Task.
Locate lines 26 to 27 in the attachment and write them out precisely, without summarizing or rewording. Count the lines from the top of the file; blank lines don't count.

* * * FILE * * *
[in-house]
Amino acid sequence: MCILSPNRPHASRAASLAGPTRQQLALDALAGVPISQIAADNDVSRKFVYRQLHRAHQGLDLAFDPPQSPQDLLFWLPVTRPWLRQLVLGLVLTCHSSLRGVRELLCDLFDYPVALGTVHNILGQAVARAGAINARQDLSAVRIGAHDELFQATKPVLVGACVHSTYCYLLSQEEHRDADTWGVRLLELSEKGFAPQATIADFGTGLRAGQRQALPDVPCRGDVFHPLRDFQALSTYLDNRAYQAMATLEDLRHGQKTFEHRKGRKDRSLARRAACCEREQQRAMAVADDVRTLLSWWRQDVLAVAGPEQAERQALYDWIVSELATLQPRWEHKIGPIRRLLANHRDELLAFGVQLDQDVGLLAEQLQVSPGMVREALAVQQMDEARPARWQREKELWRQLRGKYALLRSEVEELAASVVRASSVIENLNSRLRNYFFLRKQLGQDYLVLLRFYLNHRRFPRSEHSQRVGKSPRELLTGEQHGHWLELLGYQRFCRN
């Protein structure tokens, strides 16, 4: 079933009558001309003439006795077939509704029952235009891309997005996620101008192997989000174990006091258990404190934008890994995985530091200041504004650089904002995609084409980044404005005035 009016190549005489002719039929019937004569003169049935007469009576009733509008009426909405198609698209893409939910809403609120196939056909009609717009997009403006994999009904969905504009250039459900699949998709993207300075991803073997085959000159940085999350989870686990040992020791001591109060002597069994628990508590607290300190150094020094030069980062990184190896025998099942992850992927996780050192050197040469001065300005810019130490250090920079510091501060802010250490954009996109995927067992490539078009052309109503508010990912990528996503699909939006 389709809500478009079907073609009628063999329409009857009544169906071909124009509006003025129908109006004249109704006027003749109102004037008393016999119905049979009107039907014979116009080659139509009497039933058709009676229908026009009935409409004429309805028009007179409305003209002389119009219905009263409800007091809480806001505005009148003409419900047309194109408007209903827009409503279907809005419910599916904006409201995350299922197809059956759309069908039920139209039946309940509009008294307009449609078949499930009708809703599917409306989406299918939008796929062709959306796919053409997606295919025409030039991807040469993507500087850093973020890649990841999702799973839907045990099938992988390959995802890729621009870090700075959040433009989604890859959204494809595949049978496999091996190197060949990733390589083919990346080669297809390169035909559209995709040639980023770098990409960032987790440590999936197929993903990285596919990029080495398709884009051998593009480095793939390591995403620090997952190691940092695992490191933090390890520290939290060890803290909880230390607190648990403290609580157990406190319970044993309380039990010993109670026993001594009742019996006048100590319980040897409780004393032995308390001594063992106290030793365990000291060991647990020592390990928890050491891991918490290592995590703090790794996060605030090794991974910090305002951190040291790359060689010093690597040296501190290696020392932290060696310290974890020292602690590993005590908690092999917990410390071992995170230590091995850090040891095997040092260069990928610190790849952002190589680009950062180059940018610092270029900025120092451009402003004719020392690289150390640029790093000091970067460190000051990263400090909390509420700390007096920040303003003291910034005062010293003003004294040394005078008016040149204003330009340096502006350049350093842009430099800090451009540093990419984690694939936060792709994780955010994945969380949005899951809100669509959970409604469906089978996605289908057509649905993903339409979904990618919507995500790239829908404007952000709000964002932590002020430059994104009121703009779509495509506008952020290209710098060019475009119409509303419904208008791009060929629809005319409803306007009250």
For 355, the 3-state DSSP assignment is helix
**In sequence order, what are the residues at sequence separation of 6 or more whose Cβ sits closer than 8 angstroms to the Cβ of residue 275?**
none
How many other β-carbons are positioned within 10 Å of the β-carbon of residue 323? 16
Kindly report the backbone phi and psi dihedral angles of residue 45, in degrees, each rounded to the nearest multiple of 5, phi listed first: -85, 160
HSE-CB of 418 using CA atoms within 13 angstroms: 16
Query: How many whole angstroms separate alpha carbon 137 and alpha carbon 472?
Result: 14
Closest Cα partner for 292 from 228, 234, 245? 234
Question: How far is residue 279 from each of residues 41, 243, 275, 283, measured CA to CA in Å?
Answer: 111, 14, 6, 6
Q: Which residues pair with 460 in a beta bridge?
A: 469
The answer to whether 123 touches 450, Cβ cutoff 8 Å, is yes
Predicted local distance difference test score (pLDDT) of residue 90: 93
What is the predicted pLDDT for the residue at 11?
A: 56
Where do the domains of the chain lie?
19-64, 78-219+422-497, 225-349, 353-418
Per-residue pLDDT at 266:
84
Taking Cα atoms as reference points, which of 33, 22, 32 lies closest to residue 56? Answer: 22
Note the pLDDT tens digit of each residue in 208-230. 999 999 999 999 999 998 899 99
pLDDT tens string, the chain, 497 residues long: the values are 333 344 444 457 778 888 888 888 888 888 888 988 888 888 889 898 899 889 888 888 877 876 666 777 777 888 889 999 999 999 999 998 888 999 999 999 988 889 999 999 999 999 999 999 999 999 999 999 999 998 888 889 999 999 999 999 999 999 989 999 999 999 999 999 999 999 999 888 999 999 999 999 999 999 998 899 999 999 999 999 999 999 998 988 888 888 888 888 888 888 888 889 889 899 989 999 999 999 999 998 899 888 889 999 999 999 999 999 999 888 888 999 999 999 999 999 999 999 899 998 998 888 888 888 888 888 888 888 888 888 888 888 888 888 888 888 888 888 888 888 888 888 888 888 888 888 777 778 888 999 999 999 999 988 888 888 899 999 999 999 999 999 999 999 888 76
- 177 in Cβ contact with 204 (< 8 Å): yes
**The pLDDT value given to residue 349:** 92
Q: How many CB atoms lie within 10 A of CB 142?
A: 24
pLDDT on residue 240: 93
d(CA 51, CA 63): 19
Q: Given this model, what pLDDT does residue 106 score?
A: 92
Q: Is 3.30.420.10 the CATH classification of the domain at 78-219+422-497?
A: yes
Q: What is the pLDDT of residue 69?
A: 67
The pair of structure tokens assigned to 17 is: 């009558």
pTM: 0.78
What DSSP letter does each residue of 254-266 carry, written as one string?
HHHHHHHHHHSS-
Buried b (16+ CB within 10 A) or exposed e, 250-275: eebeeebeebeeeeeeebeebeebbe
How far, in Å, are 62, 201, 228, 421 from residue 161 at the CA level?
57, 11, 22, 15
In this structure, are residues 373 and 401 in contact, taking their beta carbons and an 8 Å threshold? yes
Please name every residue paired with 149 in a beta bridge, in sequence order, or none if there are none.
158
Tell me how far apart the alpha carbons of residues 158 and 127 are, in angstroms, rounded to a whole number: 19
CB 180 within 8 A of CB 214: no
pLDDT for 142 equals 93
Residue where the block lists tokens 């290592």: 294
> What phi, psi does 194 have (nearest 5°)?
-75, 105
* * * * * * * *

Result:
Note the pLDDT tens digit of each residue in 208-230. 999 999 999 999 999 998 899 99
pLDDT tens string, the chain, 497 residues long: the values are 333 344 444 457 778 888 888 888 888 888 888 988 888 888 889 898 899 889 888 888 877 876 666 777 777 888 889 999 999 999 999 998 888 999 999 999 988 889 999 999 999 999 999 999 999 999 999 999 999 998 888 889 999 999 999 999 999 999 989 999 999 999 999 999 999 999 999 888 999 999 999 999 999 999 998 899 999 999 999 999 999 999 998 988 888 888 888 888 888 888 888 889 889 899 989 999 999 999 999 998 899 888 889 999 999 999 999 999 999 888 888 999 999 999 999 999 999 999 899 998 998 888 888 888 888 888 888 888 888 888 888 888 888 888 888 888 888 888 888 888 888 888 888 888 888 888 777 778 888 999 999 999 999 988 888 888 899 999 999 999 999 999 999 999 888 76